The USDA released this week’s crop condition scorecard, with corn down 4% points to 72% gd-exc, spring wheat down 5% to 38% gd-exc and soybeans scored their first rating of 76% gd-exc. Bucking the trend has been the winter wheats, which despite a tough winter, have recently had some excellent rains. Currently rated at 50% gd-exc and building. Current yield models are forecasting an above average crop.
In isolation, these numbers may have induced a rally on the back of deteriorating row crop conditions. However, when broken down into the individual states, most crop conditions are rating higher than last year. The very poor conditions in North & South Dakota are bringing the average right back.
Over the past couple of days, North Dakota has seen some storms spawn over the Eastern side of the state with very heavy localised falls – if you were lucky enough to be under them. The remainder of the week may see the storm lotto fill in some of the gaps. The question will be if this rain will be enough to turn the crop around or simply buy it some time. The fact that much of the Northern Plains have limited subsoil moisture means the crop will need more in-crop rains.
Conditions in Europe and Russia are reportedly in good condition. Spring wheat sown area in Russia has reached 12.8m ha (courtesy SovEcon) on the back of increased cropping area but also higher than average replant due to winter kill in the Central regions. Spring wheat in Siberia remains on the dry side and may limit how high Russian production can go in 21/22. Russian exports are estimated at 37mmt for this marketing year, with plenty of conjecture over the Export Tax and its likely effect on the final exportable number.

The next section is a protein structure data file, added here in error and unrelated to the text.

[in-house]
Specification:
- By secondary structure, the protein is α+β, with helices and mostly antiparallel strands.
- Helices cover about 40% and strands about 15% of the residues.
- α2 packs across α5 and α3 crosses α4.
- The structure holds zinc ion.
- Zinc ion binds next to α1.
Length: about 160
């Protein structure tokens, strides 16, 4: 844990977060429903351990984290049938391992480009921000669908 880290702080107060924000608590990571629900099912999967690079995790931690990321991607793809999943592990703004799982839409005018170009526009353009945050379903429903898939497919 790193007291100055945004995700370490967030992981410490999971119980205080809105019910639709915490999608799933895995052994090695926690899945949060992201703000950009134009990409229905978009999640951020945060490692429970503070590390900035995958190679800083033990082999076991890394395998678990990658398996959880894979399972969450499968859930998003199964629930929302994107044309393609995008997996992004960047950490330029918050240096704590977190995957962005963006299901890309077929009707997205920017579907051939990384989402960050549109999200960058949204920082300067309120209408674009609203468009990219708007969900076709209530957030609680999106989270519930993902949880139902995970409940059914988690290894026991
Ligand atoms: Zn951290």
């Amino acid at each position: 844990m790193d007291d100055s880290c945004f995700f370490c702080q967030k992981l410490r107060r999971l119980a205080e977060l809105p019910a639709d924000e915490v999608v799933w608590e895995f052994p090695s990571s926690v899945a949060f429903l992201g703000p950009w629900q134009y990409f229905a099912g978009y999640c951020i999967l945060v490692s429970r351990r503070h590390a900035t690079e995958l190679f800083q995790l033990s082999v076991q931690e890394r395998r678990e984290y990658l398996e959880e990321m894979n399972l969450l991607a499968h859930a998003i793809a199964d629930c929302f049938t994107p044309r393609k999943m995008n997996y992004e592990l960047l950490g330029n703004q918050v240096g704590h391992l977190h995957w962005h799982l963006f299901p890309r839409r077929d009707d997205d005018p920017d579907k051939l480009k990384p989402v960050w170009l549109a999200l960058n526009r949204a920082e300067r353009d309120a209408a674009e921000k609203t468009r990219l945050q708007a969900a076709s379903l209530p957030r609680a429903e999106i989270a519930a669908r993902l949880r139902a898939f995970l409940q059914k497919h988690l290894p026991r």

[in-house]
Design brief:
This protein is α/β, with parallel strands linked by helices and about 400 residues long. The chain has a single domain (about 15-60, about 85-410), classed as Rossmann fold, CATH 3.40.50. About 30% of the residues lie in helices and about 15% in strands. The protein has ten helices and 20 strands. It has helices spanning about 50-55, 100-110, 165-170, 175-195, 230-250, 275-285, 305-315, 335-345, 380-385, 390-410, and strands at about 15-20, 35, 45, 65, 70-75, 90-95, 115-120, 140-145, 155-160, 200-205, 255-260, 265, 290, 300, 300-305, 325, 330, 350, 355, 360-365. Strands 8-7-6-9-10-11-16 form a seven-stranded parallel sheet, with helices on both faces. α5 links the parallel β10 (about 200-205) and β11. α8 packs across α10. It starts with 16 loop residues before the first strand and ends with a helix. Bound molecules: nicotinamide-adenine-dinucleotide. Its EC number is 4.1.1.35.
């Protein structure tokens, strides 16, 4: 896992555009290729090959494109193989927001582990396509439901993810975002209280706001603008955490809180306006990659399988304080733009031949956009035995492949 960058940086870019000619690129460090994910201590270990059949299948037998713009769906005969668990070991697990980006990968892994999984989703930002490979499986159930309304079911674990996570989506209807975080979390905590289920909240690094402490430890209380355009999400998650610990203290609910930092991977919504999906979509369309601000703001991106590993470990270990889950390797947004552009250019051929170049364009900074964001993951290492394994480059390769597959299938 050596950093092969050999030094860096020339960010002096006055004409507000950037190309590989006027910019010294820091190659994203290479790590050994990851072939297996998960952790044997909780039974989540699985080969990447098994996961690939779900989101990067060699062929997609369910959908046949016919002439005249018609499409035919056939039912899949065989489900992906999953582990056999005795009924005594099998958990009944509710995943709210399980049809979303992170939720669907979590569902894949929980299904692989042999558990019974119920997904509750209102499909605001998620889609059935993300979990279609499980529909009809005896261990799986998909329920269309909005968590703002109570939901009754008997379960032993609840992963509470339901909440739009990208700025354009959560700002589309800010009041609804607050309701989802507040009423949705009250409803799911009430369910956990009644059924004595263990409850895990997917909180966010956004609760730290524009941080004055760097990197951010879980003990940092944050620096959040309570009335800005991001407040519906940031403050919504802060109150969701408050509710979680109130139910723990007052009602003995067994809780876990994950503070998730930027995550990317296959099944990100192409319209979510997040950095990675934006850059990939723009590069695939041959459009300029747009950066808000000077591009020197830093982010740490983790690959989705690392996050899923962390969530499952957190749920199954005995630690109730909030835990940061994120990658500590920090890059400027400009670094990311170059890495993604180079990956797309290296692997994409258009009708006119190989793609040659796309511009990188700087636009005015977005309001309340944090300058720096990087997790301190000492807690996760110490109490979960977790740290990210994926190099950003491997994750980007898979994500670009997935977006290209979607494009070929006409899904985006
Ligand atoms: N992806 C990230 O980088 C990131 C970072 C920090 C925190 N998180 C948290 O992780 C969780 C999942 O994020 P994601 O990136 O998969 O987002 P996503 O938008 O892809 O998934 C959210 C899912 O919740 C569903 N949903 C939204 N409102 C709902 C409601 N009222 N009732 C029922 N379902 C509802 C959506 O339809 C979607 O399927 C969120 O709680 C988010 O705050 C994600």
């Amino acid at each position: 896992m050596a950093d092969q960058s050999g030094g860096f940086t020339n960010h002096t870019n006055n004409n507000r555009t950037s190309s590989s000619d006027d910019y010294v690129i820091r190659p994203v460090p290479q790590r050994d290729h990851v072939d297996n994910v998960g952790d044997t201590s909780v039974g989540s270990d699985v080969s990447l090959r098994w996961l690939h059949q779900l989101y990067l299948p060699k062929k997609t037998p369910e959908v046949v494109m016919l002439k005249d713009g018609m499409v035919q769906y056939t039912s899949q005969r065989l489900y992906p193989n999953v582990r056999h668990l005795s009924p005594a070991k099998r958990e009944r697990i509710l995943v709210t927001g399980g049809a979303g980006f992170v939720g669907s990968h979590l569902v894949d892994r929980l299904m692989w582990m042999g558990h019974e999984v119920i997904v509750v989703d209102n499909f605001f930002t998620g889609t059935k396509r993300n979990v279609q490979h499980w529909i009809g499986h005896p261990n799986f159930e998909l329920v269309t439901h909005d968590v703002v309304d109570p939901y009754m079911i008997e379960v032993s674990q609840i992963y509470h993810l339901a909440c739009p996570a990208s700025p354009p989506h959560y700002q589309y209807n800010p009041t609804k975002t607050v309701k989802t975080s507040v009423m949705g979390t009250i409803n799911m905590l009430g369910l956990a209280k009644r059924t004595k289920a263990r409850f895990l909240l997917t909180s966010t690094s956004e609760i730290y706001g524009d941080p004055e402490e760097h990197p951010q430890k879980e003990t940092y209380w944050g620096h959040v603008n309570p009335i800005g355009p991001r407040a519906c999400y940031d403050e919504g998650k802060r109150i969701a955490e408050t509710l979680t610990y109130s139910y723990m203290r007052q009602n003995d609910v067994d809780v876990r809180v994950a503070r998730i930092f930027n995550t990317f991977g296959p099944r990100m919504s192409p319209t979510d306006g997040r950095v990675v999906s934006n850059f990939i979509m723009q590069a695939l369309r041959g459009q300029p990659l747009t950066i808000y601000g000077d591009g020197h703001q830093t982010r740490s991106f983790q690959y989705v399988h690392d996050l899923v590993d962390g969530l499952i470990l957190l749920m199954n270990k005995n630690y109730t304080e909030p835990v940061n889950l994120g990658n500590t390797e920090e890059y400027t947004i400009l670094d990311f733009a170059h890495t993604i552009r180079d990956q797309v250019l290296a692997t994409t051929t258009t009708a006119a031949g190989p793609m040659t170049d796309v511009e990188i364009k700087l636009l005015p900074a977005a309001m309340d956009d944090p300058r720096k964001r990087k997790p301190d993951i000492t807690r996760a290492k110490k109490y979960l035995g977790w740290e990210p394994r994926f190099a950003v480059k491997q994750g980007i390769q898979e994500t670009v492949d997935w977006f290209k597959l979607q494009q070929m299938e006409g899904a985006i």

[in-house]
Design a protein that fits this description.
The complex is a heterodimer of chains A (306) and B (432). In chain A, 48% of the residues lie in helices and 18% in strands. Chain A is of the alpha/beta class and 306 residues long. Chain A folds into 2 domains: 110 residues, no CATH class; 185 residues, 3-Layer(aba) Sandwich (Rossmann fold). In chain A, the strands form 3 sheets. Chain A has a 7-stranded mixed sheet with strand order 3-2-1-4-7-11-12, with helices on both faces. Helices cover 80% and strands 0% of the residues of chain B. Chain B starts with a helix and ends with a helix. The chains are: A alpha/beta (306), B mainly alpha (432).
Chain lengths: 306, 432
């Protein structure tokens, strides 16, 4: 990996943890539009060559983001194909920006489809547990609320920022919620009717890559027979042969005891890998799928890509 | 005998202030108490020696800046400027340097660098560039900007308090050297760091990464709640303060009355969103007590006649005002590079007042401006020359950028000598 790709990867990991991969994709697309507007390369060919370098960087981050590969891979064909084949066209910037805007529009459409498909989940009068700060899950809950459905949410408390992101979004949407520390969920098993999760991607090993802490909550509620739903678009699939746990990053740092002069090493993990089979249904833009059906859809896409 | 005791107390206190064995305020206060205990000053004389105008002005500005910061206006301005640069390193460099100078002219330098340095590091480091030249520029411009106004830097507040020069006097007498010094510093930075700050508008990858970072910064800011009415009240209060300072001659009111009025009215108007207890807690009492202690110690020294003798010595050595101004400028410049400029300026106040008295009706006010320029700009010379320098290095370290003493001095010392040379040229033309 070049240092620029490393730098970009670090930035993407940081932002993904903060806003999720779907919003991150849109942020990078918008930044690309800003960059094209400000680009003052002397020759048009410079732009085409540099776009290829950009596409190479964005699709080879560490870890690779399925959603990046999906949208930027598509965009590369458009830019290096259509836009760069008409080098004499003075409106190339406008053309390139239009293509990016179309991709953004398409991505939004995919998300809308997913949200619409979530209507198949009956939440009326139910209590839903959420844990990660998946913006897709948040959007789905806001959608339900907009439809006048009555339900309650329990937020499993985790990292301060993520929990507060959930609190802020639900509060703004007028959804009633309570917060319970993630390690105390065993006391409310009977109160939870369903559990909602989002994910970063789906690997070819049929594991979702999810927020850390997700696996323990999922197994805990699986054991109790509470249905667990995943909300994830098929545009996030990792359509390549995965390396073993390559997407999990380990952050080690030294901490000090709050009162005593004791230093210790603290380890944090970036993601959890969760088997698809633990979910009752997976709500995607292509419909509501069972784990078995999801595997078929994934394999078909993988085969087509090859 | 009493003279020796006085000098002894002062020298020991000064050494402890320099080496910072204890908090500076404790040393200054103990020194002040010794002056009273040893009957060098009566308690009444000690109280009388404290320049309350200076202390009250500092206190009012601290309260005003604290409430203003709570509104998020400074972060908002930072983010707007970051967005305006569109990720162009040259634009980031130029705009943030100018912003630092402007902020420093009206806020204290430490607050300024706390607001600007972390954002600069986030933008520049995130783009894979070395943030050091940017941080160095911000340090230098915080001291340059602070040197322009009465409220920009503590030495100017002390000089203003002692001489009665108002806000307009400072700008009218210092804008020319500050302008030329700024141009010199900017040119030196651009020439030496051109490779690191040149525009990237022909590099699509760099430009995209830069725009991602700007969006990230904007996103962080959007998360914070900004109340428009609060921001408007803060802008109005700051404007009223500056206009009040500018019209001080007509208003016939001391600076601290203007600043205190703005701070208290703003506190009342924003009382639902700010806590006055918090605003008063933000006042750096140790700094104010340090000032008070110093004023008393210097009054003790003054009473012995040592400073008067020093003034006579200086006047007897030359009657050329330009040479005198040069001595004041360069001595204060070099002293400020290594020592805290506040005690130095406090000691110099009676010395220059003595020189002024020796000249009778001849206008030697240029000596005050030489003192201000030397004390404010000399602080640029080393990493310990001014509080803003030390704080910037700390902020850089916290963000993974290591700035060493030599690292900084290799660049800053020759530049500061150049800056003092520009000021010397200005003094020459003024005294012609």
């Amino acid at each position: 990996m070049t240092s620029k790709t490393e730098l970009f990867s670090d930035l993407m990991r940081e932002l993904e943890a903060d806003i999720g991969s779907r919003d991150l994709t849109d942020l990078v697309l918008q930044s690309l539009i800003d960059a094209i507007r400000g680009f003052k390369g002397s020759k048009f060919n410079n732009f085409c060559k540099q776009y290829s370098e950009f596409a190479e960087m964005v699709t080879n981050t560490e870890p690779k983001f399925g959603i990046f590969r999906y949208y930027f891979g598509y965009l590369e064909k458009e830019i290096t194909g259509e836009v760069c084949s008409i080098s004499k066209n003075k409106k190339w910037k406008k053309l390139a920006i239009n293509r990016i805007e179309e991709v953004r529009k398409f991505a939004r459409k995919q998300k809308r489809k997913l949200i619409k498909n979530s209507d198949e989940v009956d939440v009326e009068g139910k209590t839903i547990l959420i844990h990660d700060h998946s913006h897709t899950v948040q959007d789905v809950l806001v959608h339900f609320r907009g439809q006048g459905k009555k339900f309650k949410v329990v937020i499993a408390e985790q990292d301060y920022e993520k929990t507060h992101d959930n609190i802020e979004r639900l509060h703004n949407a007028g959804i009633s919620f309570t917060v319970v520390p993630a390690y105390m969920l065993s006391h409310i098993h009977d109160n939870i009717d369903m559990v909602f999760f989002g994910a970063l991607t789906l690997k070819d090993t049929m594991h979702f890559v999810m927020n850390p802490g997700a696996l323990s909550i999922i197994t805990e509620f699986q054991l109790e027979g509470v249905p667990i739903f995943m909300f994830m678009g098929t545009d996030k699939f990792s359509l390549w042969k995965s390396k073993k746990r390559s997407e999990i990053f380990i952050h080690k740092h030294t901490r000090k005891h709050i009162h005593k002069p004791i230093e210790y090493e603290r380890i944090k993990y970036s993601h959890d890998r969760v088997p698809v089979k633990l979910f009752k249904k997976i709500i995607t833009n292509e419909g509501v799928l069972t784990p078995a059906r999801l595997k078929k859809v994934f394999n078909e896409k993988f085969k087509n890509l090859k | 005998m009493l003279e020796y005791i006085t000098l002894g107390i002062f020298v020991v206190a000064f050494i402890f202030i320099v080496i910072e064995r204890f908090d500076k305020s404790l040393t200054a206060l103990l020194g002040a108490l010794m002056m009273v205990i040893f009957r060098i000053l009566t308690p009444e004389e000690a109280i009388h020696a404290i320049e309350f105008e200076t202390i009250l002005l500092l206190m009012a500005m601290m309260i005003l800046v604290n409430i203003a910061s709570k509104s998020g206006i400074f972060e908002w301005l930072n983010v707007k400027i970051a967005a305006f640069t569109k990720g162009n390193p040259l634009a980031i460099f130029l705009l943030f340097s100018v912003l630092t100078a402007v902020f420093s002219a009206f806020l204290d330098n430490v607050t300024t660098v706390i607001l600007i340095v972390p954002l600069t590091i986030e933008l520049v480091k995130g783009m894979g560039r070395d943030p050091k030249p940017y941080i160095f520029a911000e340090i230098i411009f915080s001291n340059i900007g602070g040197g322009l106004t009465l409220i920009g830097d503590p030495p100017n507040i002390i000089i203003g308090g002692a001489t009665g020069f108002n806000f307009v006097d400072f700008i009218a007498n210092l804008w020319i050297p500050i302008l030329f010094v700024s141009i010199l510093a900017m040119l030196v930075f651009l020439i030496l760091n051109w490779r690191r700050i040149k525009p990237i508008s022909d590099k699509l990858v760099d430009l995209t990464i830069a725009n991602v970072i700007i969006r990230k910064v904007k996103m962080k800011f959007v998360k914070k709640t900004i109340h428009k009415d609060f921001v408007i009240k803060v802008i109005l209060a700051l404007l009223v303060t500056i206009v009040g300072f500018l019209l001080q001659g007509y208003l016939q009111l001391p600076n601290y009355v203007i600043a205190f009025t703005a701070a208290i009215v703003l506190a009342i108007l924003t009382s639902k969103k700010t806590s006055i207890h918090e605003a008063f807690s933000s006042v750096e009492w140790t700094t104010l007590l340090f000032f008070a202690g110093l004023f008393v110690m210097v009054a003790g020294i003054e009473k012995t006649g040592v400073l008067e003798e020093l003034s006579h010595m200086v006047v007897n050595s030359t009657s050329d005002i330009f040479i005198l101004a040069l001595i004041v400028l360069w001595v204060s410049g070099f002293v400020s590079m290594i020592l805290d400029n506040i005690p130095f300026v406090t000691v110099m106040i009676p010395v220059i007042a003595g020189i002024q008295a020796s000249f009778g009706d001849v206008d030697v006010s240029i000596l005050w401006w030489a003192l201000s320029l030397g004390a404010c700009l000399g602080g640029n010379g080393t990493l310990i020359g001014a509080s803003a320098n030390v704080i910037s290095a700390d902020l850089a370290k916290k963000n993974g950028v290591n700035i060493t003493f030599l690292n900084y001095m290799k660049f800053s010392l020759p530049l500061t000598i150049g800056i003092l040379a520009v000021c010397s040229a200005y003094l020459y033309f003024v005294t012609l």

French wheat is rated at 80% gd-exc and production is expected to rebound strongly from last year’s drought impacted crop. The French crop is now expected at 38mmt, up from last year’s 29mmt. A cool and mild Spring had delayed maturity and development of a lot of European crops, but recent warmth has allowed many of the crops to advance and catch up with average development for this time year.
The week ahead….
It feels like the market is at a tipping point. A shift to a warmer and wetter weather pattern in the US Northern Plains and Corn Belt could tip cold water on the commodity markets. If we see the dry continue into July and August, things will get very interesting.